Starter Fertilizer and Overseeding

Greenest Yard on the Block

Starter Fertilizer and Overseeding

Postby Scotts » Thu Oct 09, 2008 11:58 am

I recently got a soil test, and all I need it Nitrogen.

I'd like to overseed my lawn this fall, and am wondering if I should use starter fertilizer and overseed, wait a month, and then put down regular, all nitrogen fertilizer. Is it okay to put down starter fertilizer on my existing lawn, and will putting down regular fertilizer after a month kill the new grass?


Re: Starter Fertilizer and Overseeding

Postby Kerry » Mon Jan 19, 2009 7:39 am

Using starter ferts at time of overseeding is fine. Starter fert is just a high phos fert for root development, usually a 1-2-1 ratio.
Wait until after the first mowing to do any additional fertilizing and be sure to water it in so it wont burn the young seedlings.

Re: Starter Fertilizer and Overseeding

Postby Green » Mon Jan 19, 2009 7:40 am

If you're overseeding an existing lawn, I think you might want to wait a few weeks before adding the starter fertilizer. The reason I say that is that grass can only use fertilizer when it's growing. If you mow the existing lawn low to prepare for overseeding, then add fertilizer, the existing lawn will grow faster and may need to be cut before the new seedlings are mature enough to survive mowing.

In my opinion, you're better off waiting to apply the fertilizer until the seeds have sprouted.

Re: Starter Fertilizer and Overseeding

Postby David » Mon Jan 19, 2009 7:40 am

Starter fertilizer is specifically formulated and designed to be used at the time of seeding.I see no reason or particular benefit in waiting to apply it.Waiting to apply starter means it really isn't a starter.

As for adding additional nitrogen later on,I'd hold off until the seed had come up then apply lawn food with "time released" nitrogen.This is traditional lawn food like Turf Builder etc. not "old fashioned" fomulas like 10-10-10 etc that dump all it's nutrients at once.

Get your seeding done so it can come up and survive leaves and raking.Think about a winter formula in a couple of moths or so to continue the root building process of your new and existing seed/grass.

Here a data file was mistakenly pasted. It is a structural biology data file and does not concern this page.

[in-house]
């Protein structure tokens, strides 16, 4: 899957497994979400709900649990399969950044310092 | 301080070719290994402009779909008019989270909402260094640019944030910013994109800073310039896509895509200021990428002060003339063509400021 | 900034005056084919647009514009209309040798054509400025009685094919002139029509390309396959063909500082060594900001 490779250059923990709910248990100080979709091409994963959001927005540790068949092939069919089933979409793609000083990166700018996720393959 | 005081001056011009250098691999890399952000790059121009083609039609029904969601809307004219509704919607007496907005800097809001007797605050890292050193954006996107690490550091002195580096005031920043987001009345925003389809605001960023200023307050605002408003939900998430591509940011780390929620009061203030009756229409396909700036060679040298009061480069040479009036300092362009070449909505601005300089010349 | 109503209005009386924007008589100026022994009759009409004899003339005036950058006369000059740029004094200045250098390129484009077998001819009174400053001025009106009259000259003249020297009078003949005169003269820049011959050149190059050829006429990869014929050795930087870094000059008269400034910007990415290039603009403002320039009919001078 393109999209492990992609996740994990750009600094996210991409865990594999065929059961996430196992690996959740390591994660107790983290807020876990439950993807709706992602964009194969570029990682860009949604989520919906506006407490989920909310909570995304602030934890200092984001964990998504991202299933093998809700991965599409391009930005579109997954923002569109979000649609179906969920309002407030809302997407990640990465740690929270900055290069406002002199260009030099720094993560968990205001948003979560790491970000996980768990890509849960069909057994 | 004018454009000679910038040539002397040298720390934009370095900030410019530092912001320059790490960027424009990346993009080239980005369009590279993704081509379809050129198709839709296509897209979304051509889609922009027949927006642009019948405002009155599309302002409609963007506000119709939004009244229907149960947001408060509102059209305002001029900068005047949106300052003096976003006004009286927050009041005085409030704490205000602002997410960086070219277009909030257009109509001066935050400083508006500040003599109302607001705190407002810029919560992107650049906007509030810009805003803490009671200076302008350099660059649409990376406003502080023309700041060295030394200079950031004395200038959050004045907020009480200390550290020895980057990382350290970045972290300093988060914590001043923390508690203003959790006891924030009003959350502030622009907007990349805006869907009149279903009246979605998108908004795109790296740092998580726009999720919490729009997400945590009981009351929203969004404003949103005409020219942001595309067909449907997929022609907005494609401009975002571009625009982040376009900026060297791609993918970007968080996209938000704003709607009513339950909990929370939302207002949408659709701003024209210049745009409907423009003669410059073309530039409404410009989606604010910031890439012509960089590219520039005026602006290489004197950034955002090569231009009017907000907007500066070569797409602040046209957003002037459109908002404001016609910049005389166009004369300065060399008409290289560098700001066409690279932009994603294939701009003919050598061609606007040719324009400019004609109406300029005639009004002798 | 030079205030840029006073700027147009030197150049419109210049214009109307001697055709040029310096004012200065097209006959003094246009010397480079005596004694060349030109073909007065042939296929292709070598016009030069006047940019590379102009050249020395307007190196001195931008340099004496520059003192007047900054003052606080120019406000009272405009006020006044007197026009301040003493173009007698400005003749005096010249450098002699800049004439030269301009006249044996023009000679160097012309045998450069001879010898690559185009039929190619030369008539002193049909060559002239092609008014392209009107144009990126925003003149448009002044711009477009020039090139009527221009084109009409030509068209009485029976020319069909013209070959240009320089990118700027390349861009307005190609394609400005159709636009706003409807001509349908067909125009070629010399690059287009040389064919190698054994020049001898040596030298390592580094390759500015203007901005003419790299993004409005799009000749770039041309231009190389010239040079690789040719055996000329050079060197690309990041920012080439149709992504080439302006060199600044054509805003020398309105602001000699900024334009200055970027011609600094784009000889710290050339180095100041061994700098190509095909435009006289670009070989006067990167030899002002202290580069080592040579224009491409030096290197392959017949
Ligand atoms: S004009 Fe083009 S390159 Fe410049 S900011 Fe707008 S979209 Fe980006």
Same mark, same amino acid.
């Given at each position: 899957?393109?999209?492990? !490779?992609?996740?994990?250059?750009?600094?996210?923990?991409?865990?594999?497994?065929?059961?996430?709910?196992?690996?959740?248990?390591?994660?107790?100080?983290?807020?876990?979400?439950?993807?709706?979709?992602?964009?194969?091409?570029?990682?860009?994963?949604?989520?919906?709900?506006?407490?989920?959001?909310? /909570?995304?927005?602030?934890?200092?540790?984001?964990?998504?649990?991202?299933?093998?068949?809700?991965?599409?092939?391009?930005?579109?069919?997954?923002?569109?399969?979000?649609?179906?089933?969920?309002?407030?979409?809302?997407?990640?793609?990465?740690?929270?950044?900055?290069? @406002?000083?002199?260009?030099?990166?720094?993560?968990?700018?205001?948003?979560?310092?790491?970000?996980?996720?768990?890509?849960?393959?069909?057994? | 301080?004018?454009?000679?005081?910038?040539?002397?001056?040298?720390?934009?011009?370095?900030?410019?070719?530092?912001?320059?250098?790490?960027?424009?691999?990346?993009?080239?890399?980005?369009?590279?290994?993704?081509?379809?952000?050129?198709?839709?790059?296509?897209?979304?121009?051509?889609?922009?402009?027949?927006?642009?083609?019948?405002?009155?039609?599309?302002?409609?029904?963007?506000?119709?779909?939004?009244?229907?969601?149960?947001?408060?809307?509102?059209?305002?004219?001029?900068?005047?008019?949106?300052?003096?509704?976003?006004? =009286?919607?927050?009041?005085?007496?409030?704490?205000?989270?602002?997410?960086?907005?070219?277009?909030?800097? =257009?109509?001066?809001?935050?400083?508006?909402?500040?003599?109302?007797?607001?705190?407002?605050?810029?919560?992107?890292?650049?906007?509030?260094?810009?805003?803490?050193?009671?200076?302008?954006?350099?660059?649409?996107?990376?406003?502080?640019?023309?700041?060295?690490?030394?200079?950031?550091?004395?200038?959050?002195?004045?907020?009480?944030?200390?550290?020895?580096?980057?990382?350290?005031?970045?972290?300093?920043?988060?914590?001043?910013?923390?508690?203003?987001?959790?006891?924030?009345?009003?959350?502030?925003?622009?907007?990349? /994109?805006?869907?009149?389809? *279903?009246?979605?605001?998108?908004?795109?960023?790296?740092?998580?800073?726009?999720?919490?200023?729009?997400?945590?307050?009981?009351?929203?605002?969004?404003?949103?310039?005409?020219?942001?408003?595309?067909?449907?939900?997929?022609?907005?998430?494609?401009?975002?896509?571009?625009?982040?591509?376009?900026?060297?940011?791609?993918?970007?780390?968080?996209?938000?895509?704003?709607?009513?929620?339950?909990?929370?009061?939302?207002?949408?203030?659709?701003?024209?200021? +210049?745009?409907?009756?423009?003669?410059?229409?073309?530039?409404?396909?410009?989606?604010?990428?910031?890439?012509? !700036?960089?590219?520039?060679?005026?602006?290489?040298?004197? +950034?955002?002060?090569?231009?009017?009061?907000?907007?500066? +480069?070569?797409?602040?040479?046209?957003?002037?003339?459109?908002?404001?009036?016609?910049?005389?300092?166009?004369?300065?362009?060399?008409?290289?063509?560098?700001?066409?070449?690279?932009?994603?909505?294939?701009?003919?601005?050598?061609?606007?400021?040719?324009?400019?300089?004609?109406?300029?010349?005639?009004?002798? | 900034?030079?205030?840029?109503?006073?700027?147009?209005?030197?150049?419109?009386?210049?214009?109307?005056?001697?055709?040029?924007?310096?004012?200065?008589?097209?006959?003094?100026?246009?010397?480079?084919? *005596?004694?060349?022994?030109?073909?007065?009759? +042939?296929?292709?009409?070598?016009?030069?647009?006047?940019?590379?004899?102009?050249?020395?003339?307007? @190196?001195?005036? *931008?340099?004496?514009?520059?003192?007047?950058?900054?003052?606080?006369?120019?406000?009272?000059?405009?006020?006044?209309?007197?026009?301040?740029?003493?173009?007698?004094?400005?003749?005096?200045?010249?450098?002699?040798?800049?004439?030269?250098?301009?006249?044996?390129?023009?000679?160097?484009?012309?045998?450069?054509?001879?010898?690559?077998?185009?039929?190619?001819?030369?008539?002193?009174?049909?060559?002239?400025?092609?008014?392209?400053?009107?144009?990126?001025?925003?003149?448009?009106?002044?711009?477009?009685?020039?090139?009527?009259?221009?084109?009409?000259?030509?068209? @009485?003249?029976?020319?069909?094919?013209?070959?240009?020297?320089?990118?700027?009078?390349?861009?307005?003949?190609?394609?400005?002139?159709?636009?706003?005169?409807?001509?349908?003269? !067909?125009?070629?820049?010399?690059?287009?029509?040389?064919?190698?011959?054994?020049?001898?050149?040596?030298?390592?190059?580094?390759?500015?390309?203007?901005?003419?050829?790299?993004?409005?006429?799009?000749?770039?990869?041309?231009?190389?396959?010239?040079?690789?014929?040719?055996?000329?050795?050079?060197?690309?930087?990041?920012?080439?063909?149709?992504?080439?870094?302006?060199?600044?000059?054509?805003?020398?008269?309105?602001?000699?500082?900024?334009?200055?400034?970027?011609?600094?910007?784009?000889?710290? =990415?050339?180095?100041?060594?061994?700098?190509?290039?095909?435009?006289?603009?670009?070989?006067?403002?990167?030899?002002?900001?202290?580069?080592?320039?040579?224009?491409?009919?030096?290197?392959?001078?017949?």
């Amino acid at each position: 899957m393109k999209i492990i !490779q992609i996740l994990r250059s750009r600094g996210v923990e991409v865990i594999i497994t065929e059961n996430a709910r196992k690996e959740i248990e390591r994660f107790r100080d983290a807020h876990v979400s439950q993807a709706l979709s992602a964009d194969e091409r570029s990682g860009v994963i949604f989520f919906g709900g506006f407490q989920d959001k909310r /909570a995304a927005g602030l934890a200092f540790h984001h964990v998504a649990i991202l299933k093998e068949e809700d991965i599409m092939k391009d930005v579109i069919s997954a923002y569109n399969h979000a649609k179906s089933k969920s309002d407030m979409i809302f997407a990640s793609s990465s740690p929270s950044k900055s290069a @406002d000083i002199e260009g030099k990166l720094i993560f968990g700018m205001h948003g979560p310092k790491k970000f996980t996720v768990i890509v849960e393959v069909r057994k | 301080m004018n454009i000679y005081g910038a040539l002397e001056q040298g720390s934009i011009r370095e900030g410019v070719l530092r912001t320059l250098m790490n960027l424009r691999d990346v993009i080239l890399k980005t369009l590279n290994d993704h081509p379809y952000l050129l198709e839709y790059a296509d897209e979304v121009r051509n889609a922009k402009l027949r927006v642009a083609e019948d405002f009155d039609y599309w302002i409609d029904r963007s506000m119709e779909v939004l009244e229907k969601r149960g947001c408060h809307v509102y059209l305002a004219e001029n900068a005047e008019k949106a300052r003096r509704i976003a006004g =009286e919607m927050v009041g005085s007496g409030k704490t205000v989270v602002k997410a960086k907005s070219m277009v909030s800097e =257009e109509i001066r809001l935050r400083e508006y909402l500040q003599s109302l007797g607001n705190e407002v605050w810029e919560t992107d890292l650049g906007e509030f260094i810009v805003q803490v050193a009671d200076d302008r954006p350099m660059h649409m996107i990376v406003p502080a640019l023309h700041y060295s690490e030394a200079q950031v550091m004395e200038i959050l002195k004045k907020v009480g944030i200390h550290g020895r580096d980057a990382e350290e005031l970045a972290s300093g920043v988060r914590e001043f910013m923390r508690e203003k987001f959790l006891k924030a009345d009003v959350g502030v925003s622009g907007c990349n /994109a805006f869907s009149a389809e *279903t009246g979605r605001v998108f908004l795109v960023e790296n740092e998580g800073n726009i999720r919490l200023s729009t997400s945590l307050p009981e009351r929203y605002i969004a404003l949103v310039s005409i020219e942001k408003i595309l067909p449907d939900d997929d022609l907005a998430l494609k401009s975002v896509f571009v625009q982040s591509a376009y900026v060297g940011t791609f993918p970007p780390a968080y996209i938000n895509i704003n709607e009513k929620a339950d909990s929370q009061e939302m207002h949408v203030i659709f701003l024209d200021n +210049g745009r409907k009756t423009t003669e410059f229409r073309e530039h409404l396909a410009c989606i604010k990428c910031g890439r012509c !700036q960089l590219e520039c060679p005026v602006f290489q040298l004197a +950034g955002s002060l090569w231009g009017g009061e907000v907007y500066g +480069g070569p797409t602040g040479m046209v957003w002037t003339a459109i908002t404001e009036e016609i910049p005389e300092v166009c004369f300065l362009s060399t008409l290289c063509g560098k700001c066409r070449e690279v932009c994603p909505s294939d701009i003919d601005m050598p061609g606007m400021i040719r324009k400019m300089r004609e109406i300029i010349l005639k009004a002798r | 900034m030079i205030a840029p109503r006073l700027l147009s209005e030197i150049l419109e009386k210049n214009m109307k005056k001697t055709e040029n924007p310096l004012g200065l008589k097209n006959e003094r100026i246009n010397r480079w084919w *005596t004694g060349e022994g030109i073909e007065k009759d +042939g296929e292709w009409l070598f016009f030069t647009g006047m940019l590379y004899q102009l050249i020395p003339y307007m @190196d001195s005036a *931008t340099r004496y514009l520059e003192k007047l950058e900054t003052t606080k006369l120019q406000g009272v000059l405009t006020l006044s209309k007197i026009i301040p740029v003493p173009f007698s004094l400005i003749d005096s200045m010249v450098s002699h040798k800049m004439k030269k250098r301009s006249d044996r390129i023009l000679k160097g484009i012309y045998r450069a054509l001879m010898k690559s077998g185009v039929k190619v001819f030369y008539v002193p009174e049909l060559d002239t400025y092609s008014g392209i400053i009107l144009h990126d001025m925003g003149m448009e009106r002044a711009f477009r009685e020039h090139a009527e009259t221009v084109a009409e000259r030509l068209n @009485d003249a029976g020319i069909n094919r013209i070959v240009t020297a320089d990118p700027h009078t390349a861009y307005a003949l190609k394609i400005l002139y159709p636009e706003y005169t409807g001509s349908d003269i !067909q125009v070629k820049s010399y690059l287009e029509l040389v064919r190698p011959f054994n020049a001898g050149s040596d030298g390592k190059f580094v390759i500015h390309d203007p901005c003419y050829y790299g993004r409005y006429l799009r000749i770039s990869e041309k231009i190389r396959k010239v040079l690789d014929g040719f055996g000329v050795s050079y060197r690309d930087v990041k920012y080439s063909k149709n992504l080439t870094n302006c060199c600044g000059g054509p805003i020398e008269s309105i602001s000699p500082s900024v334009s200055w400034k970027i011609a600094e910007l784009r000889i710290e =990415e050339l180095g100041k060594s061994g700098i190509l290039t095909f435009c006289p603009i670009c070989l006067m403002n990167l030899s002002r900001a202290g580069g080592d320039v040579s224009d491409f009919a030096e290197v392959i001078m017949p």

Re: Starter Fertilizer and Overseeding

Postby soiltest » Mon Jan 19, 2009 7:40 am

What type of grass? Is it cool season or warm season. Virginians tend to favor cool season, but there are those who favor warm season. If you drive through the neighborhood, there are the folks with the brown lawns after the temperatures drop.

If you are ever in doubt about any gardening issue, the local Cooperative Extension Services in VA are the best I ever encountered. They confirmed my love for horticulture. You can find your local Cooperative Extension Service Agent's telephone number in the phone book. They usually offer many irresistable gardening and landscaping classes.

Soil testing is very important to determine what your soil needs. Does it need fertilizer? What does your soil test reveal? Do you need to add additional nitrogen. Lawns too rich in nitrogen tend to be subject to disease. Most VA lawns need lime.

If you are overseeding, you are somewhat getting a late start. The latest seasonal application of fertilizer is usually recommended the 1st 2 wks of September. Lawn renovation should have begun before now. Then, you need to get the grass germinated, growing, and mowing before adding the fertilizer. But, why would you add amendments without knowing for what the soil needs.

Get a soil test. Your local Cooperative Extension Agent can help you with this, provide you with an annual lawn maintenance program, and provide opportunities for education about landscape management.

Re: Starter Fertilizer and Overseeding

Postby David » Mon Jan 19, 2009 7:41 am

The leaves fall here now in early November so you need to get going.If your lawn is loaded up with pines like a lot are here you probably might need lime but that soil test should have mentioned things like that....and you do not want to lime and fertilize at the same time.Good article on the site about that.


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